Rubber Stamping Polymer Clay – A Popular Topic

Rubber Stamping Polymer Clay

Just yesterday, I received yet another question about rubber stamping techniques for polymer clay:

One of my email subscribers said, “One thing I am really interested in, is stamping onto the polymer clay.”

For everyone else that’s also interested in this topic, here was my response to her (plus a bit more info as well)

Stamping into clay is actually quite easy if you use a release of some kind so the clay doesn’t stick to the stamp. There are a few ways to do this.

  • You can spray water on your stamp as a release.
  • You can ink your stamp first, then press it into the clay.
  • You can rub mica powder (pearl-x, eye shadow, etc.) on the stamp or on the clay, then stamp.
  • You can put a fine dusting of cornstarch on the clay, then stamp.

This info also goes for un-mounted rubber stamps, texture sheets, buttons or anything else you would like to press into your clay.

Some of things you can make by rubber stamping polymer clay, are pendants, beads, tiles and stamped sheets.

The beads I have pictured above were quite easy to make. The round pendant was first a ball of ivory colored clay, where I pressed a rose stamp, misted with water into it, to flatten it out. I liked how the edges looked ruffled like a rose so I didn’t bother to trim it. After baking I rubbed an Ochre acrylic paint into the surface to antique it.

The rolled beads were made with the same clay and stamp, but this time I made a flat sheet of clay first and stamped into that. Then triangles were cut using a template and the beads were rolled wide end first, onto a mandrel. They were also antiqued to match the pendant.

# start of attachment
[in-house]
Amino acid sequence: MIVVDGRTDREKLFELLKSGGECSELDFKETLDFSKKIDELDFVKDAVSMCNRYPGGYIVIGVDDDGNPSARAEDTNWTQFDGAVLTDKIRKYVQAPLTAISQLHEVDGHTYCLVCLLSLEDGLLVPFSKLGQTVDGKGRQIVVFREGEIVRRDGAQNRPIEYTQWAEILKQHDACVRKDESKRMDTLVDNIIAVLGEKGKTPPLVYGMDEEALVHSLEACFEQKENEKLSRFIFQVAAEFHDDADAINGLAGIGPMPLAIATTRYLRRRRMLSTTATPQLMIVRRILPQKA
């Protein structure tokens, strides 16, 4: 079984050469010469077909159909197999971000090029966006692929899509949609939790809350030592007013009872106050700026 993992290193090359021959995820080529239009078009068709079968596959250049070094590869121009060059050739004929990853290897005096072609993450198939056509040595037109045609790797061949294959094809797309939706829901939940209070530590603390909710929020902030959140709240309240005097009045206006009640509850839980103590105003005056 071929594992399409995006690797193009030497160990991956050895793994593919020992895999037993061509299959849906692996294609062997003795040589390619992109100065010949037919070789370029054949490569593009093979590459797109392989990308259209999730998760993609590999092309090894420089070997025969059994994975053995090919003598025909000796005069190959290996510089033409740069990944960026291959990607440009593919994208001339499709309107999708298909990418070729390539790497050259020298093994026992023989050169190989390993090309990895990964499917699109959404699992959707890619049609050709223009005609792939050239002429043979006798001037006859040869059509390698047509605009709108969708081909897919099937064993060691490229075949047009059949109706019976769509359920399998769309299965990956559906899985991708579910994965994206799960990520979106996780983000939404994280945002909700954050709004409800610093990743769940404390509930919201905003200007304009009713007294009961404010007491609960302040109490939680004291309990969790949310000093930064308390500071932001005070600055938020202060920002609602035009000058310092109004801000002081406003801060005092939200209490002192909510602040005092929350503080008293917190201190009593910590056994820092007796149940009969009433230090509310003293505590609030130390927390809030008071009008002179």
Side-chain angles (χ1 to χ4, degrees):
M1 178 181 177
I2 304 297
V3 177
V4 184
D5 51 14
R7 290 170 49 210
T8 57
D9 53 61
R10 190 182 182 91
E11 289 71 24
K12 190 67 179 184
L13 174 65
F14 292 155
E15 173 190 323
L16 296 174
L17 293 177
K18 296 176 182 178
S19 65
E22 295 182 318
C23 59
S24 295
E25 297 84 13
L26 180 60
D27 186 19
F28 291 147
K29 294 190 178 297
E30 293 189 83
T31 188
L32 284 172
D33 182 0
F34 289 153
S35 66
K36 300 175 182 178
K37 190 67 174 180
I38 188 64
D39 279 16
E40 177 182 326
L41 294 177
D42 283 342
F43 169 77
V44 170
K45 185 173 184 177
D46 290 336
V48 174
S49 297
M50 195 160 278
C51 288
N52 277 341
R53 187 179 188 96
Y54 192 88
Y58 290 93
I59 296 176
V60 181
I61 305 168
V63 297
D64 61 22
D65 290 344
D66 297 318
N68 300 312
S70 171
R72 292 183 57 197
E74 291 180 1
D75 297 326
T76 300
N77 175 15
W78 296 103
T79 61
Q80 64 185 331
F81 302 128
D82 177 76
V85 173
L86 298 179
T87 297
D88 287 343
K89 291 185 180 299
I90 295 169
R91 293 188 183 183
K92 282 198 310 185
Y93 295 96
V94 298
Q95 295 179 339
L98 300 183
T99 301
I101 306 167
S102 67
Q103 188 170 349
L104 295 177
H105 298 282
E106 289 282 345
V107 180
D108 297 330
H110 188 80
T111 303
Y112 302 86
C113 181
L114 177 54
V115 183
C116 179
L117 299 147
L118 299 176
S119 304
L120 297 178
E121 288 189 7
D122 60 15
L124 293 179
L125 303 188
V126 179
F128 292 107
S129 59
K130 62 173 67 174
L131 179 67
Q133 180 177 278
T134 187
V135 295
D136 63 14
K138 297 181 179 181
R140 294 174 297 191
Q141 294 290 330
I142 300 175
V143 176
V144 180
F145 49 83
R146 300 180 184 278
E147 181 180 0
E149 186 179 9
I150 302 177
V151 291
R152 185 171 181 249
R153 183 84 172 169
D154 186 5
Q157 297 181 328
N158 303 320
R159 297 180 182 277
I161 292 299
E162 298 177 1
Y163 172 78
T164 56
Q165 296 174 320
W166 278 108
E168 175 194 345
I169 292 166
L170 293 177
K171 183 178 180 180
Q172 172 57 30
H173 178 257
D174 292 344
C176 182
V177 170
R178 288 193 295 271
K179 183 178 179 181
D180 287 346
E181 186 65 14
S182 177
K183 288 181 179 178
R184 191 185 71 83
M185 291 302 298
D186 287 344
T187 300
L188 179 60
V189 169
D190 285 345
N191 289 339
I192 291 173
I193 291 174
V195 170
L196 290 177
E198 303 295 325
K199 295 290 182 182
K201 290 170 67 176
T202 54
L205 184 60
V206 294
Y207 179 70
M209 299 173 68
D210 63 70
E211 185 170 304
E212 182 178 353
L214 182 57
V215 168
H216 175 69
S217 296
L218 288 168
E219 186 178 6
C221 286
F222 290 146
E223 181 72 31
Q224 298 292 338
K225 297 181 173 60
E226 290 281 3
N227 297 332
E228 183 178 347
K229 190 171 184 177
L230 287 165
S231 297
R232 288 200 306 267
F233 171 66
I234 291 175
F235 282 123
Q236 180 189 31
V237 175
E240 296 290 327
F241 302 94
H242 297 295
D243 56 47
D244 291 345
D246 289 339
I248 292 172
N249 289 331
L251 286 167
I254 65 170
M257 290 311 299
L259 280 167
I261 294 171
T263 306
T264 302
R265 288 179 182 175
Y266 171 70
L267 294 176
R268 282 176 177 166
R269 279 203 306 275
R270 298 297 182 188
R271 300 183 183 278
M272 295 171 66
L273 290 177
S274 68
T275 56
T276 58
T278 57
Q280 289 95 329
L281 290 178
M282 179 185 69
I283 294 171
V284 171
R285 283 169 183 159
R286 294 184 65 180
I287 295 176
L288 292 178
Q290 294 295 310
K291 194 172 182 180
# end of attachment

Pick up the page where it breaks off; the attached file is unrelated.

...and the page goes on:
Another way to create stamped beads is to skewer a ball of clay on a bead pin and holding on to the pin as a handle, press the ball between two rubber stamps.

This makes an image on both sides of the bead at the same time. Then if you want you can turn the bead 1/4 turn and press again. This makes 4 sides of the bead stamped with images.

With the bead pin already in place you don’t have to worry about distorting the bead while trying to pierce it or getting finger prints all over it. You can hang it directly on the bead rack to bake.

You see it is worth it to ask… I’ll respond! That is what I am here for. So tell me… what else do you want to know?

Cindy Lietz SignaturePolymer Clay Tutor


  1. Cindy Lietz, 17 May, 2008

    To highlight the stamped areas (if you don’t use ink) you can antique the piece using acrylic paint after baking. Letting the paint sit in the recesses of the stamped image and wiping the excess paint off the rest of the bead.

    Cindy’s last blog post..Conditioning Polymer Clay without Trapping Air Bubbles

  2. Alison, 12 July, 2008

    You have some brilliant ideas Cindy – loved the silver spoon one too!! ;0) xx

  3. Cindy Lietz, 16 July, 2008

    Thank you so much Alison, you are very kind!

    Last post..Polymer Clay Contest Treasure Hunt-Win a Bead Jewelry Making Course

  4. Brenda Estes, 18 July, 2008

    I use to do scrapbooking so now I know what to do with all my stamps I collected over the years. Thanks

  5. Cindy Lietz, 19 July, 2008

    Brenda there are lots of scrapbooking tools and embellishments that also work with bead making. Polymer clay is a real mixed media type of craft. You will love that about it!

    Cindy Lietz’s last blog post..Clay Cane Leaf Beads for Making Jewelry from Polymer Clay

  6. Cindy Erickson, 11 September, 2008

    Hi Cindy, I love your idea of how to stamp both sides of a rounded bead on a bead pin. Cool!!! My imagination is running again! Thanks!

    Sincerely, Cindy E.

  7. Cindy Lietz, 11 September, 2008

    Thank you Cindy E.! I always love to see you get excited about things!

  8. Sue Whelan, 12 May, 2009

    More great information, Cindy. This is the most informative site I’ve found for using polymer clay!

    I do have a question about the rose beads you made here. How do you finish them? Do you still sand them and then varnish them? I’m wondering about losing part of the detail that makes them so pretty if you sand them, but I love the smooth feel of sanded beads. What do you recommend? Thanks so much.

  9. Cindy Lietz, 13 May, 2009

    If you sand lightly you won’t lose the detail. Make sure the stamp impression is deep and avoid getting fingerprints, so you don’t need to sand very much!

    Thanks for your comment Sue!

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